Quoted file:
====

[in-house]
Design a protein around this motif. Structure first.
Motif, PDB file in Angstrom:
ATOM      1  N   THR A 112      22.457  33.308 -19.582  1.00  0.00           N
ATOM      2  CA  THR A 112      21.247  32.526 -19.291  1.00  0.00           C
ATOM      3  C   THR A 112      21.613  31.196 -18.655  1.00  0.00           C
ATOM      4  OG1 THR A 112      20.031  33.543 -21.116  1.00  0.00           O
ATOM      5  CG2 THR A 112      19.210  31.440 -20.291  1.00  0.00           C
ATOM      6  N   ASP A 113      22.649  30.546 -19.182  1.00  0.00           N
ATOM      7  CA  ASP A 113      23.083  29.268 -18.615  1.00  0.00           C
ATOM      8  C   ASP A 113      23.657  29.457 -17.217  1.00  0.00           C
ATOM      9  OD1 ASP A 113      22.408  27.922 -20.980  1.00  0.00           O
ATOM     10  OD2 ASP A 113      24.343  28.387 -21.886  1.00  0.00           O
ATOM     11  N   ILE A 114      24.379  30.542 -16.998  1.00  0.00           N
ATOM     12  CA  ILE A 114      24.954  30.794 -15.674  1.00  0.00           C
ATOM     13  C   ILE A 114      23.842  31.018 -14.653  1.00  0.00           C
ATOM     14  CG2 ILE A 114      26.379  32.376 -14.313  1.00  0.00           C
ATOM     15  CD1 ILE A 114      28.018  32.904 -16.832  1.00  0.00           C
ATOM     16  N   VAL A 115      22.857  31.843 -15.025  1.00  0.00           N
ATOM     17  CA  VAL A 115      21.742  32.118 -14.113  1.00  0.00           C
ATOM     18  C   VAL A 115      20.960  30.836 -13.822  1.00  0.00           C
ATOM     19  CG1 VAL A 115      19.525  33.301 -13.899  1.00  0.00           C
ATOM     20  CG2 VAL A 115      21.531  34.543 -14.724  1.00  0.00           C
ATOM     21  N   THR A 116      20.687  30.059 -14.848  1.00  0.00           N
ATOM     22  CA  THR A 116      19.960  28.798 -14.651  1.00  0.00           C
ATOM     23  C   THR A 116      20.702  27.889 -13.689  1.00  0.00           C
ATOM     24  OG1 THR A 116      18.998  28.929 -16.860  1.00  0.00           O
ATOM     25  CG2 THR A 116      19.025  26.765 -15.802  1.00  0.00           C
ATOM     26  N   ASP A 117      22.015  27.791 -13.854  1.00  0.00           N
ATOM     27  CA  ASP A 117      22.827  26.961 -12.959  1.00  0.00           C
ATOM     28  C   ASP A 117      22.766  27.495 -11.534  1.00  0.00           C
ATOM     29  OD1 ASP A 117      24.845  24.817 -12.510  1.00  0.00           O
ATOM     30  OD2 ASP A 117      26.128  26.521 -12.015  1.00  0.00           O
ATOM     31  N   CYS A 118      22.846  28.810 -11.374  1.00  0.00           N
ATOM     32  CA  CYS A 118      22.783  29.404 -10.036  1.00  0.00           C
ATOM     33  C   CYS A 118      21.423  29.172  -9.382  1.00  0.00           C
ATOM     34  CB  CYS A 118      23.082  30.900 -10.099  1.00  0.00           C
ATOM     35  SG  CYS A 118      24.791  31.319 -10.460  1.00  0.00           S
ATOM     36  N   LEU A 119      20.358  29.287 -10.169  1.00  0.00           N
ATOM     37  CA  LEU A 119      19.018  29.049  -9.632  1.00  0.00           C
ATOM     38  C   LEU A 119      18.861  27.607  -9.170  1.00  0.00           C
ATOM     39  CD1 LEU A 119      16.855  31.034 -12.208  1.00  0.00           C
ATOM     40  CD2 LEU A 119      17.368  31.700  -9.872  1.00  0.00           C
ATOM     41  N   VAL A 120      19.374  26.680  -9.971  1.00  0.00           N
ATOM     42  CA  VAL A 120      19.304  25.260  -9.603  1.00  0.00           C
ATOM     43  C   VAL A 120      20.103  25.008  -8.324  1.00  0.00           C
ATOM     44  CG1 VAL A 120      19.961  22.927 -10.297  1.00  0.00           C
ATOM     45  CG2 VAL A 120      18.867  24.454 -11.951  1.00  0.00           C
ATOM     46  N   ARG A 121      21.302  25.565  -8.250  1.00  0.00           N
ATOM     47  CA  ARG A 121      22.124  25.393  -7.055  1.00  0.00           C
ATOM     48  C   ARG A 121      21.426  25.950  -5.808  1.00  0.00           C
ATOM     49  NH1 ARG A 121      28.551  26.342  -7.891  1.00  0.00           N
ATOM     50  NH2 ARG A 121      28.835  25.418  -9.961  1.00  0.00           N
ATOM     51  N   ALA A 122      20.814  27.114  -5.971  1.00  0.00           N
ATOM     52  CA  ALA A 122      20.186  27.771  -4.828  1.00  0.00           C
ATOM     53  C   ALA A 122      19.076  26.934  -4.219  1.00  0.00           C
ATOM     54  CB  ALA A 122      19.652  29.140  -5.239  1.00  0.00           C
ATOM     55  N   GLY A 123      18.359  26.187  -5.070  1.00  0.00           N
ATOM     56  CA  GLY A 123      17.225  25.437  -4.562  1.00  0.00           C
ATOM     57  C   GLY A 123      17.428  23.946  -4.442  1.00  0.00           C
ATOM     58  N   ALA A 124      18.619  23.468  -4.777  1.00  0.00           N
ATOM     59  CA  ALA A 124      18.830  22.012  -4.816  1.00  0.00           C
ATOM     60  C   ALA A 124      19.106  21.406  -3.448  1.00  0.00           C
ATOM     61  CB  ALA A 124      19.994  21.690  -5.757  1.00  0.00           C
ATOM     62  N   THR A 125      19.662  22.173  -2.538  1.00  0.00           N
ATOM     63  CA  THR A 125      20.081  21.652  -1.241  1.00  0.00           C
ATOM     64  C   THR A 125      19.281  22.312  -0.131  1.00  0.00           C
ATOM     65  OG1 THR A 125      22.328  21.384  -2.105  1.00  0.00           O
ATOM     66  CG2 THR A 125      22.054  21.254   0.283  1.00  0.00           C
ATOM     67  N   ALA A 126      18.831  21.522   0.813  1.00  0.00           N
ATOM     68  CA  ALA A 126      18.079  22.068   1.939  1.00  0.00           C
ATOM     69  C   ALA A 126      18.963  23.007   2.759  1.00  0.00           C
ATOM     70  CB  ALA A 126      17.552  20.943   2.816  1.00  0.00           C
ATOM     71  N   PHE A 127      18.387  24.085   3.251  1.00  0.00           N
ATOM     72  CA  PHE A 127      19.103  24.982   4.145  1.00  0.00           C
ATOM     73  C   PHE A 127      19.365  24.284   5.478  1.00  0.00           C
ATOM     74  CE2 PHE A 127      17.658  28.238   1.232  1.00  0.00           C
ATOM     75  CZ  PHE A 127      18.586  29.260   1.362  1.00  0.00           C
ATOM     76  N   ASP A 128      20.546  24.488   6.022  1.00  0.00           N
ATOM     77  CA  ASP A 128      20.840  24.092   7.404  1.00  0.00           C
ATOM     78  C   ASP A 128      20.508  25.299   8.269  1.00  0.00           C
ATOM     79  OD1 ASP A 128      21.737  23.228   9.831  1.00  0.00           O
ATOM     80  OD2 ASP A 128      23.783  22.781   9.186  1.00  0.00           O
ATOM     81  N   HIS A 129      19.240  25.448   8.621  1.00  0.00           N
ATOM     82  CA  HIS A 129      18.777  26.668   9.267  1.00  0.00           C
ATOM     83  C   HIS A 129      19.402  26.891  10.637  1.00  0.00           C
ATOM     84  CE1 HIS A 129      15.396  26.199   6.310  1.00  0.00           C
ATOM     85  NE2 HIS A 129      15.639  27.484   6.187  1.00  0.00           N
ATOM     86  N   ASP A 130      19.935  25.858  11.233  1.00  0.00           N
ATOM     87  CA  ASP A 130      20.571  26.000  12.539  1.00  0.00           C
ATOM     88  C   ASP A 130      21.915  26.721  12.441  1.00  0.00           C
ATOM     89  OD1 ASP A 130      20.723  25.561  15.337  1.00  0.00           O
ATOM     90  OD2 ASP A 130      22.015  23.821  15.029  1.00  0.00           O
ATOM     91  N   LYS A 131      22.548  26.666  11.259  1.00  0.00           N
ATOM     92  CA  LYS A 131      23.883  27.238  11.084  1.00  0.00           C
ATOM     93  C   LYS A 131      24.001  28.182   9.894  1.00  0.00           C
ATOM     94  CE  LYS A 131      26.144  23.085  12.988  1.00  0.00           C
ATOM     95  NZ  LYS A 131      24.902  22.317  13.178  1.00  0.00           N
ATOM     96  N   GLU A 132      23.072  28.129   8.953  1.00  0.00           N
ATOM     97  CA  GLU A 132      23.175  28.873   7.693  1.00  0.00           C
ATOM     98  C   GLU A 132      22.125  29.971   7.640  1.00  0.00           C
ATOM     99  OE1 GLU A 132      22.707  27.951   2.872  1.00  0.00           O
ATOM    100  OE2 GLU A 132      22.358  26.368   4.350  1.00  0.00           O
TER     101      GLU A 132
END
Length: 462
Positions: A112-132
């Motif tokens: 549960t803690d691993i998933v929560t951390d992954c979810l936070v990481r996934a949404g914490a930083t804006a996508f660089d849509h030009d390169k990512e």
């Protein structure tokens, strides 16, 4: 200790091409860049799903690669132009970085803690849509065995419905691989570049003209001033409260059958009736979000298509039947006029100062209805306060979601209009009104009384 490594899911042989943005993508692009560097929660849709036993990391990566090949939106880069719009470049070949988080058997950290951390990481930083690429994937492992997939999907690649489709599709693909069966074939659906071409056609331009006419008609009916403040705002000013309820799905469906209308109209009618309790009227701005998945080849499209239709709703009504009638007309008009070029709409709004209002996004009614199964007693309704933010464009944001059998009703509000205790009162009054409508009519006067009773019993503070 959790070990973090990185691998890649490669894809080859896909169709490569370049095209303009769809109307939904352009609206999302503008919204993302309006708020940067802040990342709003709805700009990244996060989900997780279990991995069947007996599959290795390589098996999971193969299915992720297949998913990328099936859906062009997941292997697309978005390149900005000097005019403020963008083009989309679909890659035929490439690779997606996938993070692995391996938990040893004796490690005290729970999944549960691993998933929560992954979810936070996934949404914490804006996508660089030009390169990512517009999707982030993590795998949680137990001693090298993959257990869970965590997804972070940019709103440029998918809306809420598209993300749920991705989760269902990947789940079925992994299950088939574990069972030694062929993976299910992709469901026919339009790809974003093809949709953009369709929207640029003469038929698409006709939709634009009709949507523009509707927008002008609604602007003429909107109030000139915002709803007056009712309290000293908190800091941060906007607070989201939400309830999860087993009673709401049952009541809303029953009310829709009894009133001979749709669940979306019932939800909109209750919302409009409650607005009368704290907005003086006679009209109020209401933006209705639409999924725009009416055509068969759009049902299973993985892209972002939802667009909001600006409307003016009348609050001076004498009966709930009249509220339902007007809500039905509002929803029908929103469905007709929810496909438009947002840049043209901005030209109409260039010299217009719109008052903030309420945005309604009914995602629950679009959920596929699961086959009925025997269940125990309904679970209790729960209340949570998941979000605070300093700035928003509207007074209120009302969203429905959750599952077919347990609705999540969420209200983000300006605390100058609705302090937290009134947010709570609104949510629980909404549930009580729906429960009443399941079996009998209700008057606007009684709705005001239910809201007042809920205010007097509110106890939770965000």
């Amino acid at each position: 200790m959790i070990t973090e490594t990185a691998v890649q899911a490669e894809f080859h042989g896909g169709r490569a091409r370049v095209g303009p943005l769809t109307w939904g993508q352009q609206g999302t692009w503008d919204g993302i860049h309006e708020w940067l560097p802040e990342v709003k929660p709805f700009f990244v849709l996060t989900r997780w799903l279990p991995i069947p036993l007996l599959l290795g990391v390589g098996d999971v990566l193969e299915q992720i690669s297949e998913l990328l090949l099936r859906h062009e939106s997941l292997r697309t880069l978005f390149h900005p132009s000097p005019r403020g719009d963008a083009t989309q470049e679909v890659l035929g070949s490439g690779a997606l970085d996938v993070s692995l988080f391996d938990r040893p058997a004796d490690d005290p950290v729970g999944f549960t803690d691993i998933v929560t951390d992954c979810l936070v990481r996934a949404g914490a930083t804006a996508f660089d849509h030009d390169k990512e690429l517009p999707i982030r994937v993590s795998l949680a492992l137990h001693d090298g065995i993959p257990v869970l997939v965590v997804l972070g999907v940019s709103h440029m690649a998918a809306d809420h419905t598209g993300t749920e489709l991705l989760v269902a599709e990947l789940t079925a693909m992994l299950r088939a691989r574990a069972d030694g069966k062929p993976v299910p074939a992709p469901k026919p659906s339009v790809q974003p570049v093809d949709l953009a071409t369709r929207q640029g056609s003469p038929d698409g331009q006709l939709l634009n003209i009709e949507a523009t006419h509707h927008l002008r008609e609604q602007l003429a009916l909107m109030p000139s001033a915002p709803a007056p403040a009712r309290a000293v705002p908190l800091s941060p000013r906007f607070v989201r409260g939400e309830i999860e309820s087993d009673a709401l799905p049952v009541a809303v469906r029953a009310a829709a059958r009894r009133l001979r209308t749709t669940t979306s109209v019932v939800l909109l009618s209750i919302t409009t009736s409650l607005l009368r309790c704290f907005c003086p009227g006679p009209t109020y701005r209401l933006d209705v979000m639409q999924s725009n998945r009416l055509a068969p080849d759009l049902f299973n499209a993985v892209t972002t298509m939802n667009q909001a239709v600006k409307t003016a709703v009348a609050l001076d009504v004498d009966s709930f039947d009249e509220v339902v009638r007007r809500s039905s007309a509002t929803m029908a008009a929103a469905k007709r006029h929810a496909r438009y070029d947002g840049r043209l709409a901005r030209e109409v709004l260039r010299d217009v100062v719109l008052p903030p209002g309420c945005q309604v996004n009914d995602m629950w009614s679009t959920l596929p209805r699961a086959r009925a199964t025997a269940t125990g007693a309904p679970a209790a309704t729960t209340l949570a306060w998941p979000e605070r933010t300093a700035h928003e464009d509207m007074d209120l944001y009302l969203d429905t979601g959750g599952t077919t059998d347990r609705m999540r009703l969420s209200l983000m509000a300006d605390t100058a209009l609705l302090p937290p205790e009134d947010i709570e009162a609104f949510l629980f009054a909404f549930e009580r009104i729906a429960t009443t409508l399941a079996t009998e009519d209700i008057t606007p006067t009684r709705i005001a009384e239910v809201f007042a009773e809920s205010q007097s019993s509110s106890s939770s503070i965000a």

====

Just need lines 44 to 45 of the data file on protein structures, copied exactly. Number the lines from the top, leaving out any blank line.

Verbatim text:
ATOM     41  N   VAL A 120      19.374  26.680  -9.971  1.00  0.00           N
ATOM     42  CA  VAL A 120      19.304  25.260  -9.603  1.00  0.00           C